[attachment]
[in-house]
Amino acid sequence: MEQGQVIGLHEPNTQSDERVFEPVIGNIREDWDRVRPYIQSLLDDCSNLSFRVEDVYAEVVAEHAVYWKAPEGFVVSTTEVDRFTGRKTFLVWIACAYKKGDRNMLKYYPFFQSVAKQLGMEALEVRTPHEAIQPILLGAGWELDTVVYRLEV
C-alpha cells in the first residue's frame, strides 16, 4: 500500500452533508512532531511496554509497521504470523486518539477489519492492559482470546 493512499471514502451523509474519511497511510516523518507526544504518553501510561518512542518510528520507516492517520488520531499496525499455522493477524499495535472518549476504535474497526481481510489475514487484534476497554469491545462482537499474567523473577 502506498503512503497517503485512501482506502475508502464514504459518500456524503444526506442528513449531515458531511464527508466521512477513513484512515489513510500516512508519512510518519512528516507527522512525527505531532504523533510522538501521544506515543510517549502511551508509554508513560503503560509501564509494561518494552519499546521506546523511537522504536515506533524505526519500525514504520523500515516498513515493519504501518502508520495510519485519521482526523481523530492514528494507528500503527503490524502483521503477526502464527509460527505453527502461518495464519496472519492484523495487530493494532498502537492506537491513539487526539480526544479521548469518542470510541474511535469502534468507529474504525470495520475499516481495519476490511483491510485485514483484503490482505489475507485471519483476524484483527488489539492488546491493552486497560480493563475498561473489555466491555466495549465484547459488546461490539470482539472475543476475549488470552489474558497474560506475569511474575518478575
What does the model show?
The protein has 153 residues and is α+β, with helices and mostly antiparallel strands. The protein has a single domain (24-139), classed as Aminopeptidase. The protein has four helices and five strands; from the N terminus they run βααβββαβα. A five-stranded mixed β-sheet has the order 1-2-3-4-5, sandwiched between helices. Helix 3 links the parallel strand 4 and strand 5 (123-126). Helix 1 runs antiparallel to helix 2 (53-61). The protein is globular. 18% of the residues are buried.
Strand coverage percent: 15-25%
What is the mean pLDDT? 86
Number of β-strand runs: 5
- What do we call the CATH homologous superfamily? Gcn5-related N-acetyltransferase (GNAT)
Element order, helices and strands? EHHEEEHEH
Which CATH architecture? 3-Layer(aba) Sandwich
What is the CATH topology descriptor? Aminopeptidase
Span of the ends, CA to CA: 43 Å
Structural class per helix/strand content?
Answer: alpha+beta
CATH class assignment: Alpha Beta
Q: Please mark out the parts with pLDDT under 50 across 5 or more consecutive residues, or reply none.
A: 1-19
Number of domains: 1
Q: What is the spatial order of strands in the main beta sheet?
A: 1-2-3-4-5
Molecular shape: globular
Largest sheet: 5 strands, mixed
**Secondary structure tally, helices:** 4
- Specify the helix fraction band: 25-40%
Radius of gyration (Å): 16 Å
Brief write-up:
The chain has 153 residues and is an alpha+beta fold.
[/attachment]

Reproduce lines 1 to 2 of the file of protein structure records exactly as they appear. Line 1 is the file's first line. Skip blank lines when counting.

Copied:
[in-house]
Amino acid sequence: MEQGQVIGLHEPNTQSDERVFEPVIGNIREDWDRVRPYIQSLLDDCSNLSFRVEDVYAEVVAEHAVYWKAPEGFVVSTTEVDRFTGRKTFLVWIACAYKKGDRNMLKYYPFFQSVAKQLGMEALEVRTPHEAIQPILLGAGWELDTVVYRLEV